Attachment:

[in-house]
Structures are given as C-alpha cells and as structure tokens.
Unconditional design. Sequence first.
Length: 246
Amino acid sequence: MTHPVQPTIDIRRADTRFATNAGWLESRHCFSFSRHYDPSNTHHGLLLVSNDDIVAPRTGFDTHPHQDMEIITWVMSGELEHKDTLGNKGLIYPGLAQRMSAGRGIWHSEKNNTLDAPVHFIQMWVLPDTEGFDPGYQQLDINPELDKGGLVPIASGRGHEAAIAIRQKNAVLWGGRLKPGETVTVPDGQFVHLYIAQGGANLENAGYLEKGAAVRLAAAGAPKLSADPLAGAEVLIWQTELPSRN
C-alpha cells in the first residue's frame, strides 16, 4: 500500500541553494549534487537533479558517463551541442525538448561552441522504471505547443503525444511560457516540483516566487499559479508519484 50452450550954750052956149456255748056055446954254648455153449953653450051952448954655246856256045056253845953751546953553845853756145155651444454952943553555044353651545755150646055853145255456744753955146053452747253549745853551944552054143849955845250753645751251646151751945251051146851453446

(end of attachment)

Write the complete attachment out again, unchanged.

[in-house]
Structures are given as C-alpha cells and as structure tokens.
Unconditional design. Sequence first.
Length: 246
Amino acid sequence: MTHPVQPTIDIRRADTRFATNAGWLESRHCFSFSRHYDPSNTHHGLLLVSNDDIVAPRTGFDTHPHQDMEIITWVMSGELEHKDTLGNKGLIYPGLAQRMSAGRGIWHSEKNNTLDAPVHFIQMWVLPDTEGFDPGYQQLDINPELDKGGLVPIASGRGHEAAIAIRQKNAVLWGGRLKPGETVTVPDGQFVHLYIAQGGANLENAGYLEKGAAVRLAAAGAPKLSADPLAGAEVLIWQTELPSRN
C-alpha cells in the first residue's frame, strides 16, 4: 500500500541553494549534487537533479558517463551541442525538448561552441522504471505547443503525444511560457516540483516566487499559479508519484 50452450550954750052956149456255748056055446954254648455153449953653450051952448954655246856256045056253845953751546953553845853756145155651444454952943553555044353651545755150646055853145255456744753955146053452747253549745853551944552054143849955845250753645751251646151751945251051146851453446